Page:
It is also very important to read Hegel. Not only because the two are the greatest system builders in the history of philosophy, but because they wrote in similar circumstances and had a lot to do with each other (Phenomenology of Spirit). That's why Hegel is divided into pre and post Kant. Bertrand Russel's History of Western Philosophy is also a good read just because I don't think you can understand any one philosopher without putting him/her into the context of the historical conversation they're taking part in. Nietzsche is also really good because of how much he hated Kant and to form a fair opinion you need to hear all the sides. I don't really know what of Nietzsche to reccomend... maybe On the Geneology of Morals. Hope this helps.

Wow, I just found this. No kidding.

"An action demanded by the instinct of life is proved to be right by the pleasure that accompanies it; yet this nihilist with his Christian dogmatic entrails considered pleasure an objection. What could destroy us more quickly than working, thinking, and feeling without any inner necessity, without any deeply personal choice, without pleasure—as an automaton of "duty"? This is the very recipe for decadence, even for idiocy. Kant became an idiot. And this man was a contemporary of Goethe! This catastrophic spider was considered the German philosopher—he still is! "
OMGJustinBieber
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7/7/2011 5:08:45 PM
Posted: 5 years ago
For the love of God, read something interesting before jumping into texts that philosophy majors avoid like the plague. Just find a specific subject you find interesting and go from there rather than trying to meet some reading list standard of what you or someone else has defined to be "essential philosophy."
Rusty
Posts: 2,109
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7/7/2011 8:02:51 PM
Posted: 5 years ago
At 7/7/2011 5:08:45 PM, OMGJustinBieber wrote:
For the love of God, read something interesting before jumping into texts that philosophy majors avoid like the plague. Just find a specific subject you find interesting and go from there rather than trying to meet some reading list standard of what you or someone else has defined to be "essential philosophy."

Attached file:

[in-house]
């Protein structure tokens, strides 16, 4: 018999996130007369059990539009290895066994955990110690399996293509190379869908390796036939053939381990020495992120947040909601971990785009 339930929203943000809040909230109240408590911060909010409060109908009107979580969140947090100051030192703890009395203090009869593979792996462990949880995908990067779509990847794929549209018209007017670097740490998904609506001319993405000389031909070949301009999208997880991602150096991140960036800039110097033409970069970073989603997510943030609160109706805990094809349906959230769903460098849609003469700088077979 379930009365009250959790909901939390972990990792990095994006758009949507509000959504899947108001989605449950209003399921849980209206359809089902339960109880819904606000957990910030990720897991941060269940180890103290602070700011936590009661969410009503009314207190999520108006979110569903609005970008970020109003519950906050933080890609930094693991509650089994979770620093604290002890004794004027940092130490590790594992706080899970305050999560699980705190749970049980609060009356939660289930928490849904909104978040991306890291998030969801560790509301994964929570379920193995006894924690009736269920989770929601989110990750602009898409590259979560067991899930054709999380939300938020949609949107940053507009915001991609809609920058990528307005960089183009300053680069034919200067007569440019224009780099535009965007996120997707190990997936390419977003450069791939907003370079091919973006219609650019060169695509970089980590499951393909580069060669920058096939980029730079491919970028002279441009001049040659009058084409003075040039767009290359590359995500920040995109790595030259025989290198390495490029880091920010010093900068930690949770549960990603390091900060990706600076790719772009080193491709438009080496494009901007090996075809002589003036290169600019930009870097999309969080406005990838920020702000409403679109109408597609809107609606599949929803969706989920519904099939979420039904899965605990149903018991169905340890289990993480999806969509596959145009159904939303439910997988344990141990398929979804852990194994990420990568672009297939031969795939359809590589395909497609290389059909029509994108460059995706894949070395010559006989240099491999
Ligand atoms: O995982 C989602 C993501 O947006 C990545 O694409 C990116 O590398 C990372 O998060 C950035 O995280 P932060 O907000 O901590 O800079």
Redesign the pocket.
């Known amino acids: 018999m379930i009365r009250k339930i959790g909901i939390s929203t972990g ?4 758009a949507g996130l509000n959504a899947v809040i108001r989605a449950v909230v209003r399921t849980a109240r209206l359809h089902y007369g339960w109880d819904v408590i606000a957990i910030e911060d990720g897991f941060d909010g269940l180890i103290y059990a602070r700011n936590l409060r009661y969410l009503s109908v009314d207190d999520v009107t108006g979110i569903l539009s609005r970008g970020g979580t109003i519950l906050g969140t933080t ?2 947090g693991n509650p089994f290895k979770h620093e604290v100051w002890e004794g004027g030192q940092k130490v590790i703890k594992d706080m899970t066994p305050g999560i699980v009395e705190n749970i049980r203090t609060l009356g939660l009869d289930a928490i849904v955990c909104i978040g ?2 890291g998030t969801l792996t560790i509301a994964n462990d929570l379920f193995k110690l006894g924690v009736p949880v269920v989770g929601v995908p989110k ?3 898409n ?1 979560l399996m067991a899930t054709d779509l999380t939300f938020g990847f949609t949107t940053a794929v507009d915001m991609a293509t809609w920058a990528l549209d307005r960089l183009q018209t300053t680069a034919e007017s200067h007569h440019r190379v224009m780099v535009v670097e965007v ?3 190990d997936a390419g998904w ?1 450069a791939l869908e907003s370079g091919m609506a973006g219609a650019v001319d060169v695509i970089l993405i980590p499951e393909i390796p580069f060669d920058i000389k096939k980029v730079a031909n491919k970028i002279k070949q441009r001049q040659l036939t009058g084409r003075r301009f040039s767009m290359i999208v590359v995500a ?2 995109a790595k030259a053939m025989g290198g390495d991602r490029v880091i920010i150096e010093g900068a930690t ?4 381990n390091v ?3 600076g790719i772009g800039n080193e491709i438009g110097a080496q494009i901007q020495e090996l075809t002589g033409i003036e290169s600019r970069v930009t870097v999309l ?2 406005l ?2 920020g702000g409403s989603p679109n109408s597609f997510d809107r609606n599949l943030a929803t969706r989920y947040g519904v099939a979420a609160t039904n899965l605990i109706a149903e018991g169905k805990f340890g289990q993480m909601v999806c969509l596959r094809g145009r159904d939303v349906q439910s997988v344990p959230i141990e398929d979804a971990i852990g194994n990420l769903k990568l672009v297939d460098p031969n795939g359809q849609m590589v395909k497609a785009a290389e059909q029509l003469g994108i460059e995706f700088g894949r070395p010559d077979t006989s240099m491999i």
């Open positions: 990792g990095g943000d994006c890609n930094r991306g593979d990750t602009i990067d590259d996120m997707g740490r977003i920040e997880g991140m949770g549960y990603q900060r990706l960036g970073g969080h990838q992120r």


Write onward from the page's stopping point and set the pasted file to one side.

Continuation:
Whoa, calm down there bud. I was asking for suggestions because the topic of epistemology does interest me. There's absolutely nothing wrong with getting a little direction.
TheSkeptic
Posts: 1,362
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7/7/2011 9:23:10 PM
Posted: 5 years ago
mmm, people have mentioned good sources and people to read on your grand quest towards Kant (both his writing style and substance are difficult, good luck), but if as you say you're a 'complete noob' to philosophy, I'd recommend reading secondary sources as an introduction. In other words, don't read the direct works of Kant or of other great philosophers, as more often than not you're jumping into a complete academic forray of many bizarre concepts and terms that will be completely foreign to you. Approach Kant like how a college curriculum is set up -- start with basic encyclopedia introductions to him before ending up reading his direct works in depth.
Wnope
Posts: 6,924
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7/16/2011 6:17:58 PM
Posted: 5 years ago
At 7/6/2011 11:48:24 PM, Rusty wrote:
To start off, I'm a complete philosophy noob so if I misstate something, that's why.

If someone had an interest in epistemology among other things and wanted to be able to effectively read Kant's first Critique at some point in time as a goal, would there be a significant benefit from studying rationalism and empiricism beforehand? From what I understand, before opening up a third option, doesn't he critique each of these?

Assuming so, if you had to pick one book from each of these subjects, what would they be? I thought maybe Descartes and Hume would be the go to guys, but I'm not really sure. Would that be right? And if so, again, what works of theirs?

Oh, one last thing. Would that alone even be enough to get the most out of Kant? I'm hearing that he's extremely hard to read. If you agree, is that due more to his writing style or the depth of his thinking?

Thanks ahead of time.

I highly suggest you also find a supplementary guide to First Critique. My personal method was listening to a podcast of an university class on it. It was free.

When it comes to Critique of Reason, I don't see how one could understand it without some outside help. Heck, Kant defines the categorical imperative three different way.s